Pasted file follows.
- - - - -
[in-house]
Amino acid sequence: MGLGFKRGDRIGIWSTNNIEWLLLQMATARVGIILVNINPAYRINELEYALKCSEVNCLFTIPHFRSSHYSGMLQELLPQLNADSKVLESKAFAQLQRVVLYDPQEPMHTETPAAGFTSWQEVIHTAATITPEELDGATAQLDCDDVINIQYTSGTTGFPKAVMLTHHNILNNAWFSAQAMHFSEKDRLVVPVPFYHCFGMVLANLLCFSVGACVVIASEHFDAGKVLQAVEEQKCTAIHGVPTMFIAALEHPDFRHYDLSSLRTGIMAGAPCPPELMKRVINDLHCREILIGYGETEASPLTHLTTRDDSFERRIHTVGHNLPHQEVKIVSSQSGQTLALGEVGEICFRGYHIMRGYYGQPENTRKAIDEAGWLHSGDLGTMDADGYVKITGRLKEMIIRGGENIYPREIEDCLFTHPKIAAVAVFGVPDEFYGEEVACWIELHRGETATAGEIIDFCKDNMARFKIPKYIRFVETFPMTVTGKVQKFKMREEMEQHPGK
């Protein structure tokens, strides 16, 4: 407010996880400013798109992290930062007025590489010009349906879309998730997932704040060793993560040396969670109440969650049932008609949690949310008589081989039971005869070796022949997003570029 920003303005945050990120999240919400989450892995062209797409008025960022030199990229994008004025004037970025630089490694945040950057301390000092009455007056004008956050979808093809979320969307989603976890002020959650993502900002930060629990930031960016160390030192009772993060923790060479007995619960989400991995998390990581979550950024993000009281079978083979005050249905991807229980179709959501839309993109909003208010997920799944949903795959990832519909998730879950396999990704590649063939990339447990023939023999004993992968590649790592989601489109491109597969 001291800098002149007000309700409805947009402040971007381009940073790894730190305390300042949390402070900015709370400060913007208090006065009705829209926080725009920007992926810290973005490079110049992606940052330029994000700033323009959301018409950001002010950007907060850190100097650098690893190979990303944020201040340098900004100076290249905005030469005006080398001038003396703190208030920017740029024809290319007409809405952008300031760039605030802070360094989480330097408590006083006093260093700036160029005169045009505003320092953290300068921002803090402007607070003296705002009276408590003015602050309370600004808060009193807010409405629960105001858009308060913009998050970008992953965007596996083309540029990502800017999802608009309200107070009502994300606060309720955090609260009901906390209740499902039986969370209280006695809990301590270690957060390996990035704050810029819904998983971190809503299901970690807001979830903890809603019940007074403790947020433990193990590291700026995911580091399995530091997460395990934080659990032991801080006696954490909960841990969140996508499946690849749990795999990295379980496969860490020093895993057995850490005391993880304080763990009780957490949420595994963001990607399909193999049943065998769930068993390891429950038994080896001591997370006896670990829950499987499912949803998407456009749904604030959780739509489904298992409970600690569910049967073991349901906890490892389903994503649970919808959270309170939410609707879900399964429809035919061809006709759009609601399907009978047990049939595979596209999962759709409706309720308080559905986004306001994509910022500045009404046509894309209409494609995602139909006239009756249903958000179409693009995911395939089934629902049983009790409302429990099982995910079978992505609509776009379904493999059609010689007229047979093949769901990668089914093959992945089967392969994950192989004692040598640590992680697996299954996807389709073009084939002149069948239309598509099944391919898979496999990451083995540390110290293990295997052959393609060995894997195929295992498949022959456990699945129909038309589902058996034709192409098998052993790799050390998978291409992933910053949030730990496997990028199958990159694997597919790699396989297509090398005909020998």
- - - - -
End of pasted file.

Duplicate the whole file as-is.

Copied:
[in-house]
Amino acid sequence: MGLGFKRGDRIGIWSTNNIEWLLLQMATARVGIILVNINPAYRINELEYALKCSEVNCLFTIPHFRSSHYSGMLQELLPQLNADSKVLESKAFAQLQRVVLYDPQEPMHTETPAAGFTSWQEVIHTAATITPEELDGATAQLDCDDVINIQYTSGTTGFPKAVMLTHHNILNNAWFSAQAMHFSEKDRLVVPVPFYHCFGMVLANLLCFSVGACVVIASEHFDAGKVLQAVEEQKCTAIHGVPTMFIAALEHPDFRHYDLSSLRTGIMAGAPCPPELMKRVINDLHCREILIGYGETEASPLTHLTTRDDSFERRIHTVGHNLPHQEVKIVSSQSGQTLALGEVGEICFRGYHIMRGYYGQPENTRKAIDEAGWLHSGDLGTMDADGYVKITGRLKEMIIRGGENIYPREIEDCLFTHPKIAAVAVFGVPDEFYGEEVACWIELHRGETATAGEIIDFCKDNMARFKIPKYIRFVETFPMTVTGKVQKFKMREEMEQHPGK
């Protein structure tokens, strides 16, 4: 407010996880400013798109992290930062007025590489010009349906879309998730997932704040060793993560040396969670109440969650049932008609949690949310008589081989039971005869070796022949997003570029 920003303005945050990120999240919400989450892995062209797409008025960022030199990229994008004025004037970025630089490694945040950057301390000092009455007056004008956050979808093809979320969307989603976890002020959650993502900002930060629990930031960016160390030192009772993060923790060479007995619960989400991995998390990581979550950024993000009281079978083979005050249905991807229980179709959501839309993109909003208010997920799944949903795959990832519909998730879950396999990704590649063939990339447990023939023999004993992968590649790592989601489109491109597969 001291800098002149007000309700409805947009402040971007381009940073790894730190305390300042949390402070900015709370400060913007208090006065009705829209926080725009920007992926810290973005490079110049992606940052330029994000700033323009959301018409950001002010950007907060850190100097650098690893190979990303944020201040340098900004100076290249905005030469005006080398001038003396703190208030920017740029024809290319007409809405952008300031760039605030802070360094989480330097408590006083006093260093700036160029005169045009505003320092953290300068921002803090402007607070003296705002009276408590003015602050309370600004808060009193807010409405629960105001858009308060913009998050970008992953965007596996083309540029990502800017999802608009309200107070009502994300606060309720955090609260009901906390209740499902039986969370209280006695809990301590270690957060390996990035704050810029819904998983971190809503299901970690807001979830903890809603019940007074403790947020433990193990590291700026995911580091399995530091997460395990934080659990032991801080006696954490909960841990969140996508499946690849749990795999990295379980496969860490020093895993057995850490005391993880304080763990009780957490949420595994963001990607399909193999049943065998769930068993390891429950038994080896001591997370006896670990829950499987499912949803998407456009749904604030959780739509489904298992409970600690569910049967073991349901906890490892389903994503649970919808959270309170939410609707879900399964429809035919061809006709759009609601399907009978047990049939595979596209999962759709409706309720308080559905986004306001994509910022500045009404046509894309209409494609995602139909006239009756249903958000179409693009995911395939089934629902049983009790409302429990099982995910079978992505609509776009379904493999059609010689007229047979093949769901990668089914093959992945089967392969994950192989004692040598640590992680697996299954996807389709073009084939002149069948239309598509099944391919898979496999990451083995540390110290293990295997052959393609060995894997195929295992498949022959456990699945129909038309589902058996034709192409098998052993790799050390998978291409992933910053949030730990496997990028199958990159694997597919790699396989297509090398005909020998």